It had to start somewhere, or you could say it had to end somewhere—those long nights in “the room,” the protest room, haggling over the fine points with never enough evidence to establish the facts and you know that much is true because if you had the facts the hearing would be over in a minute.
On-the-water umpiring revolutionized the high-end game, and that’s what got Arthur “Tuna” Wullschleger to reminiscing today. Here is the world’s most-famous Tuna, in his own words: “In 1987 I was the CEO of America II, the New York Yacht Club’s challenge for the America’s Cup in Perth, Australia, and the protest hearings would start at 7:00, 7:30, 8:00 at night and go till 3 in the morning. That meant I had to send the skipper, John Kolius, or the navigator, and they’d get back to our compound to get a couple hours sleep and then turn out at 6 a.m. to exercise with the team. It was a bit rough. Tom Ehman was also part of the syndicate, and we kept saying, There has to be a better way.”
At 93, WullSchleger served as an International Judge at the recent BVI Spring Regatta & Sailing Festival. It’s an avocation he took up “as a way to stay active” when his sea legs began to fail him. Apparently, it’s working. The judges at Tortola in 2011 had a match racing event (surprise, Peter Holmberg was the early leader) and some 40 cruiser-racers to watch over in this 40th edition of the event.
Australia, ’87, was a bit more high-pressured.
“The America’s Cup jury agreed, we all agreed, there had to be a better way.” But nothing could happen right there, right away. The rules of engagement for the 1986-87 America’s Cup were already set, but Wullschleger and others carried the problem home.
“Ehman’s claim to fame was that he was a hockey player and a hockey referee, so he knew umpiring and refereeing. One of the big questions was, how do we start’em? Then we came up with having them enter, one from each side. But the first time we put umpires on the water was late that same year, 1987 in Newport, Rhode Island.
“We had Jim Kilroy’s Kialoa, Bill Koch’s Matador, little Russell Long with some 72-footer or other, and George Koumantaros’ Baccarat. For tenders we had my 55-foot Hatteras sportfisher and a 58-foot Hatteras. On the people side we had me, Ken Ryan from Ireland, Cy Gillette from Honolulu, Tom Ehman and Gran Petersson, who is now president of ISAF.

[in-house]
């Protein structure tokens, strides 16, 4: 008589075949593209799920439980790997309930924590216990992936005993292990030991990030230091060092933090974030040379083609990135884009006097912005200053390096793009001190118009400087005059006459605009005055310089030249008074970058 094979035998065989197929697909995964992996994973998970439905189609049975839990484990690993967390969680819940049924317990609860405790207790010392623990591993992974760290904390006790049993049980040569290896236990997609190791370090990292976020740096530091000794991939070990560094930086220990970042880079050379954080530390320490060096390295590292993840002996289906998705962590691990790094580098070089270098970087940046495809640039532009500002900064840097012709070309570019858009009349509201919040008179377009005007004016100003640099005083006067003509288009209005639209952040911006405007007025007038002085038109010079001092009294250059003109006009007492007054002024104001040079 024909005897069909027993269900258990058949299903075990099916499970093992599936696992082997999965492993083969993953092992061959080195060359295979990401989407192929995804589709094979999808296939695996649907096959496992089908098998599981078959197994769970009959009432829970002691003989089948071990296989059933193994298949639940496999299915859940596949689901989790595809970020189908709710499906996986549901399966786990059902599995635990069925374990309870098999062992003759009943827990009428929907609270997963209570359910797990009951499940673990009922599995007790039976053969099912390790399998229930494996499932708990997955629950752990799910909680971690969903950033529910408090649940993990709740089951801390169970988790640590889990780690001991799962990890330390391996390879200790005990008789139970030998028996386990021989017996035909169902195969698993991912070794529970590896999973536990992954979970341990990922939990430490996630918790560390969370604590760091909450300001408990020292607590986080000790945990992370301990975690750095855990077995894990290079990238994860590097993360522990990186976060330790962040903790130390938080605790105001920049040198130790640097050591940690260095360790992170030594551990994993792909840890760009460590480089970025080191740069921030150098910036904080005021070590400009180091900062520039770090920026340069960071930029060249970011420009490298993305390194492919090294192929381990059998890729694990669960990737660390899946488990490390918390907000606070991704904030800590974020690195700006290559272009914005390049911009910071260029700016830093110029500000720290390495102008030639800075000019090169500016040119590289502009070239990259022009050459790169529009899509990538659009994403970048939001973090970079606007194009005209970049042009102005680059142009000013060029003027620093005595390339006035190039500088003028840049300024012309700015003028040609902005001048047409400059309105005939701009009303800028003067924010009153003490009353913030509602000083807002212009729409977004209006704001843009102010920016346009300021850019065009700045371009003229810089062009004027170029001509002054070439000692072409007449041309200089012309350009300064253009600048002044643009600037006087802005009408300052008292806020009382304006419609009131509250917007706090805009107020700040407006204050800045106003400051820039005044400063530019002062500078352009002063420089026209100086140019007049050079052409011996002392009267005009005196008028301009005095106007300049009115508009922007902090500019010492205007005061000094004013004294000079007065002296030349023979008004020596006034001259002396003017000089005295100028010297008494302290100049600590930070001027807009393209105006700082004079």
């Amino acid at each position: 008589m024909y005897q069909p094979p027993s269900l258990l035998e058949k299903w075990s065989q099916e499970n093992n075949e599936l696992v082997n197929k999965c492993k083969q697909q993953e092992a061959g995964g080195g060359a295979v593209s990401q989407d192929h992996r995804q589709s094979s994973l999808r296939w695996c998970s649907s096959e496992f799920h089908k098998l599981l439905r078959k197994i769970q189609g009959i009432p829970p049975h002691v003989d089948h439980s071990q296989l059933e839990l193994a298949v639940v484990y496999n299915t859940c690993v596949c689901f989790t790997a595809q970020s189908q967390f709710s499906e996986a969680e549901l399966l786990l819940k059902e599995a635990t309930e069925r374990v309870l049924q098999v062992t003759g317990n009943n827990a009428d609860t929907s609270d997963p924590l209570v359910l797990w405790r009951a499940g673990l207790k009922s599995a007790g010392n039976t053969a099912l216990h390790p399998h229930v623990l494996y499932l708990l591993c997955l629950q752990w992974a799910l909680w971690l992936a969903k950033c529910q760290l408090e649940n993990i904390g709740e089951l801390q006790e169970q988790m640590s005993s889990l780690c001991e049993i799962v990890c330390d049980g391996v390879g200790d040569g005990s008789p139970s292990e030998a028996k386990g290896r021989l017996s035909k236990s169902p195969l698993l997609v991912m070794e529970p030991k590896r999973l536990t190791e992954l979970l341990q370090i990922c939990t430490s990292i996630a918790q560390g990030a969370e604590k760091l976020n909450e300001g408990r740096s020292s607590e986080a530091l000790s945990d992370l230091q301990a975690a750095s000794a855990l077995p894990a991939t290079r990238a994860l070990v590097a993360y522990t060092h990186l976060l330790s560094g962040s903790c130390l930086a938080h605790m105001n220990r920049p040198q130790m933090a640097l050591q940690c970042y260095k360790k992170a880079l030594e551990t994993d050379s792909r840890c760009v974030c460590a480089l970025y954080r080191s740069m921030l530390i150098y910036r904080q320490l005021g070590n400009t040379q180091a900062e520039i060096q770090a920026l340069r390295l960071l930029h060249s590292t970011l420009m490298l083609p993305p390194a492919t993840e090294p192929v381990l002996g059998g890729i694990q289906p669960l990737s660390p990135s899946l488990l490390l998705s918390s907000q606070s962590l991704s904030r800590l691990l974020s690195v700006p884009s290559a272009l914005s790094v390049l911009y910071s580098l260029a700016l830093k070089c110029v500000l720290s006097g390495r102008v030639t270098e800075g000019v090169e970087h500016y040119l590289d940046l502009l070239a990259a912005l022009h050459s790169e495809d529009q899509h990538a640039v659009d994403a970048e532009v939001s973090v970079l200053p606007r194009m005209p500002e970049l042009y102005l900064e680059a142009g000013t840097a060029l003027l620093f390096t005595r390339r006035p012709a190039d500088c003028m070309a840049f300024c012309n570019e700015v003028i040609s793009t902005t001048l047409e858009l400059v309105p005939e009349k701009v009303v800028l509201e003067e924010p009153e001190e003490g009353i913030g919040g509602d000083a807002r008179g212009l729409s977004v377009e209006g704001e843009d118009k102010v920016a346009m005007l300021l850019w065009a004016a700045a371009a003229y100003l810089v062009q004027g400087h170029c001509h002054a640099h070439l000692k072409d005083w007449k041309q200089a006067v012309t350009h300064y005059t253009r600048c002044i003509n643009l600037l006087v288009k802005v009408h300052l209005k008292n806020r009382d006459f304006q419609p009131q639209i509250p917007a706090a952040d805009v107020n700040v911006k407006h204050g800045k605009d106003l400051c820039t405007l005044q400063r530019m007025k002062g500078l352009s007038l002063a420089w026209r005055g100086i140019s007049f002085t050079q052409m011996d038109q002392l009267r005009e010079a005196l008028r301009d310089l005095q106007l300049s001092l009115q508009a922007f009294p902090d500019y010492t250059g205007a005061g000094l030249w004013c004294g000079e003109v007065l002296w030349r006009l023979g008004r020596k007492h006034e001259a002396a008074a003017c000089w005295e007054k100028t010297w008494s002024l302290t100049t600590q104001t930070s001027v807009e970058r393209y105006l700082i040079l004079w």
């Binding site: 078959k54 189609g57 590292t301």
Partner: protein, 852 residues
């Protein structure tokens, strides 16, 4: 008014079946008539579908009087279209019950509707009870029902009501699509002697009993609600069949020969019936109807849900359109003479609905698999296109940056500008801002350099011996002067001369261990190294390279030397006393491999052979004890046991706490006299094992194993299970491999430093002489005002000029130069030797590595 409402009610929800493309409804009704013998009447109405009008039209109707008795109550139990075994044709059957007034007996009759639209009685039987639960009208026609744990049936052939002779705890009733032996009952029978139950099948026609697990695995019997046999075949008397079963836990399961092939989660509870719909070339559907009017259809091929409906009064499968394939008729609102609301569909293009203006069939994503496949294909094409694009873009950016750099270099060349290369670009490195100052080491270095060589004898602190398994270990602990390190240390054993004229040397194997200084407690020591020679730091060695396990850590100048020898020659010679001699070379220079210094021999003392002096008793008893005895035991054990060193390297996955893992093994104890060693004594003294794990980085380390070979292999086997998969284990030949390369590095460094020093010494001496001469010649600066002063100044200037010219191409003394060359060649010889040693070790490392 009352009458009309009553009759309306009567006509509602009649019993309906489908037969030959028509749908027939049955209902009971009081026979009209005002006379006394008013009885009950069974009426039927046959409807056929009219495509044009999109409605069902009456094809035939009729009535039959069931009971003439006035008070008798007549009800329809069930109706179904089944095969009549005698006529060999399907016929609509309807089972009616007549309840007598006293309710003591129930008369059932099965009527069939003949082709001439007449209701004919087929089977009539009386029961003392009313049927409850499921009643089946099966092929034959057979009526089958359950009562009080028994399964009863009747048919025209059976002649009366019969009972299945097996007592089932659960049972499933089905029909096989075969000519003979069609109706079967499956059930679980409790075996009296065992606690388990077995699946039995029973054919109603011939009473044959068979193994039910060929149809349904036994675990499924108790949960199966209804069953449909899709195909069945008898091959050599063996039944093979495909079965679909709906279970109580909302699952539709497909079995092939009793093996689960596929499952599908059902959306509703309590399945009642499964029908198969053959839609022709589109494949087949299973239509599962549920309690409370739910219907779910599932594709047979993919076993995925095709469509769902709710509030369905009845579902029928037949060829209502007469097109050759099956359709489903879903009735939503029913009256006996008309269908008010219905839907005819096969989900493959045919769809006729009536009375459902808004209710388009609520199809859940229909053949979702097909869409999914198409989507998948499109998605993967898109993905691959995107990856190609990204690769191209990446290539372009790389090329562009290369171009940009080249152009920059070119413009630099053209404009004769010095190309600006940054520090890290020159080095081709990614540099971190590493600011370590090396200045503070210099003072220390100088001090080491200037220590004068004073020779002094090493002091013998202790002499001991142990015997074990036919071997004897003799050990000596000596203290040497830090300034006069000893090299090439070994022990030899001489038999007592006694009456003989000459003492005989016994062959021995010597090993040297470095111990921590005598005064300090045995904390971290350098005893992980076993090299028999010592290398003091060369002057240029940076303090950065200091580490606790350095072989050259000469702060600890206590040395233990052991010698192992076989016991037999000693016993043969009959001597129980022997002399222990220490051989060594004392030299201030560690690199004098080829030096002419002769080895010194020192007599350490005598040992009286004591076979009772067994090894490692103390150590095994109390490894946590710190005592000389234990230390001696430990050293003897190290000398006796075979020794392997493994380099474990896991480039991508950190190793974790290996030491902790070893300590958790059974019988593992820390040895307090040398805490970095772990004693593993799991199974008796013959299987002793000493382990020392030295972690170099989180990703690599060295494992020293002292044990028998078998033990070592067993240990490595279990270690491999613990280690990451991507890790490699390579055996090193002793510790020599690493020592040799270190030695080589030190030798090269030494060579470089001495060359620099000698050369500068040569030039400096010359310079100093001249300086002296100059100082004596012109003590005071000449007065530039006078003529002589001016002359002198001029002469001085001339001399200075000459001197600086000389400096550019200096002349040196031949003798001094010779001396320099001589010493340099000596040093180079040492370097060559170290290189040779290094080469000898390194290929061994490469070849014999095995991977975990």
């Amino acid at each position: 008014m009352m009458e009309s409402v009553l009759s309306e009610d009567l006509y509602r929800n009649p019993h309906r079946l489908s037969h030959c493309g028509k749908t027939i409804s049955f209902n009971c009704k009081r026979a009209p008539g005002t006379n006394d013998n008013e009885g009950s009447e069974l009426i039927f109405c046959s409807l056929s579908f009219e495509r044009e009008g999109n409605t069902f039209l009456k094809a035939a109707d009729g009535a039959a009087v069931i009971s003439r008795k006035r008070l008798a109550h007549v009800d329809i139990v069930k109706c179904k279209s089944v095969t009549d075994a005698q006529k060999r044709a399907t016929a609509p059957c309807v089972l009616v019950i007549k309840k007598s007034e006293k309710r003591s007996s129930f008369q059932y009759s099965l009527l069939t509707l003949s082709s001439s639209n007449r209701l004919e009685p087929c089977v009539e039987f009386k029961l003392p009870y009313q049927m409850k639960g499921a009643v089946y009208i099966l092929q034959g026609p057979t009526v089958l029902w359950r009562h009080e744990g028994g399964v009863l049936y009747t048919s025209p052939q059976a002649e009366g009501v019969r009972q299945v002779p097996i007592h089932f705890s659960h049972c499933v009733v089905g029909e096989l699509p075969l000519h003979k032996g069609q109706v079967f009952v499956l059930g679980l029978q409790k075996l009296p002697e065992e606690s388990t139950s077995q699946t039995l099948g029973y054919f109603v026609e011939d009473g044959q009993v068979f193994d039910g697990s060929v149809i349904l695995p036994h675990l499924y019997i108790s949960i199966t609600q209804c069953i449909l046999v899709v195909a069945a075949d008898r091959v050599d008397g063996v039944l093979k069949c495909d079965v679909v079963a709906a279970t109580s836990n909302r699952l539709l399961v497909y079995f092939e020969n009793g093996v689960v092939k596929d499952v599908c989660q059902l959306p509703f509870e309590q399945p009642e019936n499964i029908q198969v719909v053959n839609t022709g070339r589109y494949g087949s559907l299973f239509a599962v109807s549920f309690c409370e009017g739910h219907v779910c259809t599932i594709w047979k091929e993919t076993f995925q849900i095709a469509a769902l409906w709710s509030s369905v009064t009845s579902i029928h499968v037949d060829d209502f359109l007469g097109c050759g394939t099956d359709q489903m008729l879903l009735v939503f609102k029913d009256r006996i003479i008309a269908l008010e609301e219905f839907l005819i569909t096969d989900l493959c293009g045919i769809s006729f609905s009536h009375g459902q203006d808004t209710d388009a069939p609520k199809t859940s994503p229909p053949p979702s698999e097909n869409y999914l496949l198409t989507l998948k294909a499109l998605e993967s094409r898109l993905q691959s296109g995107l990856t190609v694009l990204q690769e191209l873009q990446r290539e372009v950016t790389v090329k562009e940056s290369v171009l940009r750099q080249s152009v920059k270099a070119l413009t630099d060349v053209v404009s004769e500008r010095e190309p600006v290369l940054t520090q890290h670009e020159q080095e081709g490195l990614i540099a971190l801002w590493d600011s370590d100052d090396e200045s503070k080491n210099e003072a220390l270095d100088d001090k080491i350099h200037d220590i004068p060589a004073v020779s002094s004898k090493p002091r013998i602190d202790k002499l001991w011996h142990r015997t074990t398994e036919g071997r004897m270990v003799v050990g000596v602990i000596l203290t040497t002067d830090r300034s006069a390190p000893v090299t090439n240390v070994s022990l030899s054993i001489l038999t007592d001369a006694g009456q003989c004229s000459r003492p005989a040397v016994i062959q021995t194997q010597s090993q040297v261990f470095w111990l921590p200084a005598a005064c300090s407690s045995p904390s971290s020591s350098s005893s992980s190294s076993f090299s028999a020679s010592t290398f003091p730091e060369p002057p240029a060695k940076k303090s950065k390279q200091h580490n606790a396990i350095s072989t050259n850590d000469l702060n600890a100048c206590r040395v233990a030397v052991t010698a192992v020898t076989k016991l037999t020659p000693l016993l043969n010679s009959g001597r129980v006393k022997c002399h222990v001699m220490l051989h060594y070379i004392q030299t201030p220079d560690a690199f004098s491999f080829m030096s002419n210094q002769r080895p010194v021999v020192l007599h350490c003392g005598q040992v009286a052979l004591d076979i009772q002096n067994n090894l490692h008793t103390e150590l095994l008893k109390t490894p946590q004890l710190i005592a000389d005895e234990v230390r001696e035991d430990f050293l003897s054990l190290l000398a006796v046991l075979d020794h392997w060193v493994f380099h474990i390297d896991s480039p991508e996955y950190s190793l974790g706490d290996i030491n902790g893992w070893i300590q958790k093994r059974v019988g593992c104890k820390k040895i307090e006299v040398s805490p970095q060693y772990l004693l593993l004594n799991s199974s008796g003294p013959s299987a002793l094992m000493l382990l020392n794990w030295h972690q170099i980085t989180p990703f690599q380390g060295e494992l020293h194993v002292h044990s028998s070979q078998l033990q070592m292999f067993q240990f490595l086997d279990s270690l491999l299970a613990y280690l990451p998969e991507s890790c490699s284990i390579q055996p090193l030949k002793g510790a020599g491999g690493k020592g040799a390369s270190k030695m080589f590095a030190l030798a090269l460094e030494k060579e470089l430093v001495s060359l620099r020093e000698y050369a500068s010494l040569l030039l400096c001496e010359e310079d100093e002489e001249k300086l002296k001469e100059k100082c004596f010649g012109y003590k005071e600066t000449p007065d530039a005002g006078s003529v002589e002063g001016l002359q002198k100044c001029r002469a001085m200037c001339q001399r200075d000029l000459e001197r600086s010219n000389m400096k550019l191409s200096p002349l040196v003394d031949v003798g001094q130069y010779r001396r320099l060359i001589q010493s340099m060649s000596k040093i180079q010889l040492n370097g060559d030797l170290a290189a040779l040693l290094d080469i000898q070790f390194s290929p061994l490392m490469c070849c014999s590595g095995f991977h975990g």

“And that’s where on-the-water judging began. A true story.”
For the record, Arthur Wullschleger grew up through the Larchmont Yacht Club in New York, was an outboard racing champion in his college years, and got serious about sailing when he came out of the Navy at the end of WWII. A veteran of 18 Newport-Bermuda races and much more, he lives now in Fort Lauderdale, Florida with a view of Hatteras sportfishers by the acre.
AMERICA’S CUP 1.2
With the entry period closing at midnight, March 31, the Golden Gate Yacht Club has reported to the Event Authority (note my careful phrasing) a field of 15 competing teams including the defender, Oracle Racing.
Five teams remain “undisclosed,” leaving open the possibility that one is a rival defense candidate.
One of the undisclosed is not North Korea.
The announcement on AmericasCup.com: “The current list of vetted and accepted competitors is a geographically diverse field: ALEPH EQUIPE DE FRANCE (France), Artemis Racing (Sweden), China Team (China), Emirates Team New Zealand (New Zealand), Energy Team (France), Mascalzone Latino (Italy), ORACLE Racing (USA), Team Australia (Australia), and five undisclosed teams.”
The Event Authority also announced the schedule for World Series racing in 2011, pushed back from the ambitious, original month of June and conspicuously lacking Newport, Rhode Island. But my friends in Southern California will be happy. The RC44 regatta in San Diego in March established the value of the in-bay racing there:
2011 AC World Series Schedule
August 6 -14
San Diego, California
Dates TBD, to be set between mid Oct. and early Dec.